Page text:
Travel (MP) For most people talking about money is a touchy subject. According to an American Psychological Association survey money is consistently among the top reasons for stress for Americans every year. Rather than address the issue many families suffer in silence. The 2014 survey showed that 36 percent of Americans are uncomfortable talking about money, and 18 percent admit money is a taboo subject in their families.
More than ever before helping your kids become financially literate is more important, professionals insist. Why? Previous generations use to rely on pensions and social security benefits to sustain them after retirement. Those days are gone. Now, people should start planning — and saving for— retirement decades before hand. So what to do?
Open a money dialogue with your family
First, are you and your partner sharing the same dreams for the future? Do you have any debts that you’re hiding? Are you in better – or worse – financial shape than your family might believe? Are you in agreement about how to handle your property in the event of the other’s passing? Is your relationship fulfilling you, making you happy?
Including your entire family in every financial discussion is the beginning. You may wish to avoid the word “budget,” given that makes people think of cutting back. Instead, sit down together to formulate a family spending plan. By concentrating on what expenses are important to your family, you will naturally find strategies to cut back on items that don’t really matter.
Keep goals up-front. Ask your spouse when he/she wants to retire and what he/she wants to do after retirement. Ask what his/her dreams are – where would they like to be in five years, or ten years. The point is to think positively about money by asking where it can get you.
Consider making a bulletin board to represent your family’s financial goals. A daily reminder of the vacation you’re saving for or the house you’d like to buy helps both kids and adults keep big-picture goals from getting lost inside the day-to-day shuffle.
A family that saves together, plays together
Once you decide to save for something as a family — such as a new tablet or a vacation — show your kids what saving money actually looks like. Get a big jar, and each week add money to the jar so the kids can see the savings grow. When you have enough saved, comparison shop together to help the children understand how to look for the best value for their dollar.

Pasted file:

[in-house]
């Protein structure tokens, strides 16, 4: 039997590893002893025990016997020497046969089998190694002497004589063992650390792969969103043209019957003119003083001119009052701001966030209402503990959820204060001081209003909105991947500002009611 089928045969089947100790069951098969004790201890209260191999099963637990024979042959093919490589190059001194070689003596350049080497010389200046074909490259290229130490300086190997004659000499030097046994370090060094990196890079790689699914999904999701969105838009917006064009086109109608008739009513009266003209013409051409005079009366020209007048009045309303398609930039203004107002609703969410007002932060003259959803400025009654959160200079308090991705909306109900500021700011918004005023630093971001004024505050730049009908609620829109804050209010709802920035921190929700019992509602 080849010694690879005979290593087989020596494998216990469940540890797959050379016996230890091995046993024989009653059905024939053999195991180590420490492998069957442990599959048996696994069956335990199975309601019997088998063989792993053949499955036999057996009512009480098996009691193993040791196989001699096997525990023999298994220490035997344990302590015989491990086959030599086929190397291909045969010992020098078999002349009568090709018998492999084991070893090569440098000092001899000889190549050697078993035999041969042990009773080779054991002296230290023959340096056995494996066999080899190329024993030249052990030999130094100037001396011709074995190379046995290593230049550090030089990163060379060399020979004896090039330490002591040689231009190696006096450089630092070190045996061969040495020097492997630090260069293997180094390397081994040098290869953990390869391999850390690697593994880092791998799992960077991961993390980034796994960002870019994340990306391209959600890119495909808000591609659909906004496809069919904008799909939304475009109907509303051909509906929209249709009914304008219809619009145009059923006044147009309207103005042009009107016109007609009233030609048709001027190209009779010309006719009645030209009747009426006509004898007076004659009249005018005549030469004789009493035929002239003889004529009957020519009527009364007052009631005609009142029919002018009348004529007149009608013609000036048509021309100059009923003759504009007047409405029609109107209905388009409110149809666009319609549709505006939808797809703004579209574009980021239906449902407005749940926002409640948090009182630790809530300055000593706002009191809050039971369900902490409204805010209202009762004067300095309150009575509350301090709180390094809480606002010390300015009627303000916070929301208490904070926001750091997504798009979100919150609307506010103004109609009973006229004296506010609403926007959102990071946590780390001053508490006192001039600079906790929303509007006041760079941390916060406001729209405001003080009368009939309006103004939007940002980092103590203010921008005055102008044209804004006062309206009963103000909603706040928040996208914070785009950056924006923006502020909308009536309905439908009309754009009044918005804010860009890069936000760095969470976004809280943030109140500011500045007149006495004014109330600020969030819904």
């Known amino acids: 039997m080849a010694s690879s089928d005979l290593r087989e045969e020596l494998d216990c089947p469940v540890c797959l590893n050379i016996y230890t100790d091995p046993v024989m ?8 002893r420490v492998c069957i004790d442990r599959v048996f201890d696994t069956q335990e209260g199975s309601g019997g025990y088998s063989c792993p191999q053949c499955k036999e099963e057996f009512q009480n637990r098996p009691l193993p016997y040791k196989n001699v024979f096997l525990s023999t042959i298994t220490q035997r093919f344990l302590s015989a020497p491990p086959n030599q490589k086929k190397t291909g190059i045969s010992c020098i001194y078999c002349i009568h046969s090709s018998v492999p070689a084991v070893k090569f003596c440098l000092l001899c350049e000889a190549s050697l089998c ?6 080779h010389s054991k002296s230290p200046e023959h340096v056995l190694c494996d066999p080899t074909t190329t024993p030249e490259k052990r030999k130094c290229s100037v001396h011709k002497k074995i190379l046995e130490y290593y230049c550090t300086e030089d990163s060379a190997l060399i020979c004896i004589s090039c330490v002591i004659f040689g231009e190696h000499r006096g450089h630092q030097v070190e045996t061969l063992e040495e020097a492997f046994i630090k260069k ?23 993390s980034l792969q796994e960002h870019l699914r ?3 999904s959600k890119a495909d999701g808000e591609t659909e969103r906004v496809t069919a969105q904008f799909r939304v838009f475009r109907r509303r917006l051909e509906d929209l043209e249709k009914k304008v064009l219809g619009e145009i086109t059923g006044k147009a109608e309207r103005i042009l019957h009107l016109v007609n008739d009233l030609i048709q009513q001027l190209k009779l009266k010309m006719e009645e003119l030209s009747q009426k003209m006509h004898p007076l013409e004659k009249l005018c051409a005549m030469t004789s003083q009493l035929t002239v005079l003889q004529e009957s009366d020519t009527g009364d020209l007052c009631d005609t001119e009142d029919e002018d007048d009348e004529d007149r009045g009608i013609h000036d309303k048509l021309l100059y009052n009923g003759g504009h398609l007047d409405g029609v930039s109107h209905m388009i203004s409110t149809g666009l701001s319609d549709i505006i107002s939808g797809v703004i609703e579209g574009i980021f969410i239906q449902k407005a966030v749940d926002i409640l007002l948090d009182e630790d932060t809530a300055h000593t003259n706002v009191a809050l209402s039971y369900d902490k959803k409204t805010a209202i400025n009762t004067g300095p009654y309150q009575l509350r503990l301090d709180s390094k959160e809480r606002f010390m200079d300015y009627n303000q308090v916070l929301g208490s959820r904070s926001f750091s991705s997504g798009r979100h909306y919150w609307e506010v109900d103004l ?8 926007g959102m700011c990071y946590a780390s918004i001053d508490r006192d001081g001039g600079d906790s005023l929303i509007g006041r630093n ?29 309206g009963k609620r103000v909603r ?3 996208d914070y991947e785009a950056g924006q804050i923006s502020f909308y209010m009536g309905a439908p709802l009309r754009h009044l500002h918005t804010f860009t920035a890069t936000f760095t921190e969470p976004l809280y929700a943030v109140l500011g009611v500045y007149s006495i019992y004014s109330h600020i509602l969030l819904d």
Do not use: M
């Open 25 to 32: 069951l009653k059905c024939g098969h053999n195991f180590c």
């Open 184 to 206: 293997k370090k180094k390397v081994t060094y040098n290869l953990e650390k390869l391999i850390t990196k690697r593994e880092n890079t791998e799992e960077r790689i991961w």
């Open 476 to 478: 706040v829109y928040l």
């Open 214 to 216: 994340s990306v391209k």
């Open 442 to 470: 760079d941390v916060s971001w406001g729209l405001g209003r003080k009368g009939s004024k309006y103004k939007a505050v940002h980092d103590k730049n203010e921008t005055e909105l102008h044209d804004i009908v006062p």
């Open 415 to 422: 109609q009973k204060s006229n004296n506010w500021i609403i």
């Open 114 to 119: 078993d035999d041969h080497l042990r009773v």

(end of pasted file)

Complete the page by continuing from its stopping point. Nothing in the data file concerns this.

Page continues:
Experts recommend giving children an allowance as a way for them to become financially literate. But don’t tie those allowances to chores. That tends to backfire when kids expect to get paid for everything contribution to the family.
I recommend getting a piggy bank that’s divided into sections. Each time the child receives an allowance, he or she should put a small part into each section:
- Saving — Children can set a spending goal and save in this section to meet these goals.
- Investing — Help your kids learn to save for future investments. After you have enough money saved up in this section, you can help your child open an investment account.
- Spending — Kids can spend freely from this section. But when the money’s gone, that’s it!
- Donating — By setting aside funds to donate, children learn the value of charity.
After your child reaches his/her teens transfer their allowance to a prepaid credit card. In this way, children can learn to track how much they’ve spent and how much they have left to spend. When they go on to use their own debit and credit cards, they’ll already understand the value of tracking and managing electronic money, which we know can really get away from you. Talking about money with our families doesn’t have to be hard it just has to be.
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